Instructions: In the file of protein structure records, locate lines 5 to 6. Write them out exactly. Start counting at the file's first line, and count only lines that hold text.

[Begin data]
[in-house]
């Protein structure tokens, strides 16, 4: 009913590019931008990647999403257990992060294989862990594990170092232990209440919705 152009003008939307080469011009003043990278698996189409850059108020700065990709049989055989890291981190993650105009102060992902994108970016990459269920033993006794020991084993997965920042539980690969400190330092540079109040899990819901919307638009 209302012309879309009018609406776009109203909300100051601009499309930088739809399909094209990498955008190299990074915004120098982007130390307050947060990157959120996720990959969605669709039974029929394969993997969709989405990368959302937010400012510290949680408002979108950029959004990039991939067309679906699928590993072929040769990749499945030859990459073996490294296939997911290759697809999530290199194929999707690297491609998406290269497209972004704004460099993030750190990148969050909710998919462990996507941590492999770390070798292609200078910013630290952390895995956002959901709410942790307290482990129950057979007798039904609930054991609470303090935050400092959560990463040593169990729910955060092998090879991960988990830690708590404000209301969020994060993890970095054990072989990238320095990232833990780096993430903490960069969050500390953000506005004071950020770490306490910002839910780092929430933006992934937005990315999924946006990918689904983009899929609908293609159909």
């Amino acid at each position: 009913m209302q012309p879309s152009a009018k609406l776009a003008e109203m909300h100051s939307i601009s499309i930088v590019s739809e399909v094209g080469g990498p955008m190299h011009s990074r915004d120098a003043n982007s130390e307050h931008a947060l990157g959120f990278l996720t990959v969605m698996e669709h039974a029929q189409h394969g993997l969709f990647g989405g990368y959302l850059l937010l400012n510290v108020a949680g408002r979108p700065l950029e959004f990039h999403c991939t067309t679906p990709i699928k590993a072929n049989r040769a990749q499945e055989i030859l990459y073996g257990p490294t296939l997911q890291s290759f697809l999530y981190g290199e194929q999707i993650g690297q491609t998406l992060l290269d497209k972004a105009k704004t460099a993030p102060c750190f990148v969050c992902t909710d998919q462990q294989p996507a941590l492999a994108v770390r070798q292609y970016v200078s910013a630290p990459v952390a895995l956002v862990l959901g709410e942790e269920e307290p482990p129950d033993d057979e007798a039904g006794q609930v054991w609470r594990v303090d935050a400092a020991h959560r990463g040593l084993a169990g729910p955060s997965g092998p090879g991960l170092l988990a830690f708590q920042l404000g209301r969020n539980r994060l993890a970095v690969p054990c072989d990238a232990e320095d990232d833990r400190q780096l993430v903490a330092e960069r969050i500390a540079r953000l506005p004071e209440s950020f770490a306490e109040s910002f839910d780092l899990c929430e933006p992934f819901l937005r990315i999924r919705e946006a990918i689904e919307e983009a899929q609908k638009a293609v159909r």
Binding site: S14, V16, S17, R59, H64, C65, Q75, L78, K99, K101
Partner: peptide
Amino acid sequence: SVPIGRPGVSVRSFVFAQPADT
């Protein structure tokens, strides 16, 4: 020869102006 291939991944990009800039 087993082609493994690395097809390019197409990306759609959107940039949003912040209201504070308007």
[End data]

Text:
Partner: peptide
Amino acid sequence: SVPIGRPGVSVRSFVFAQPADT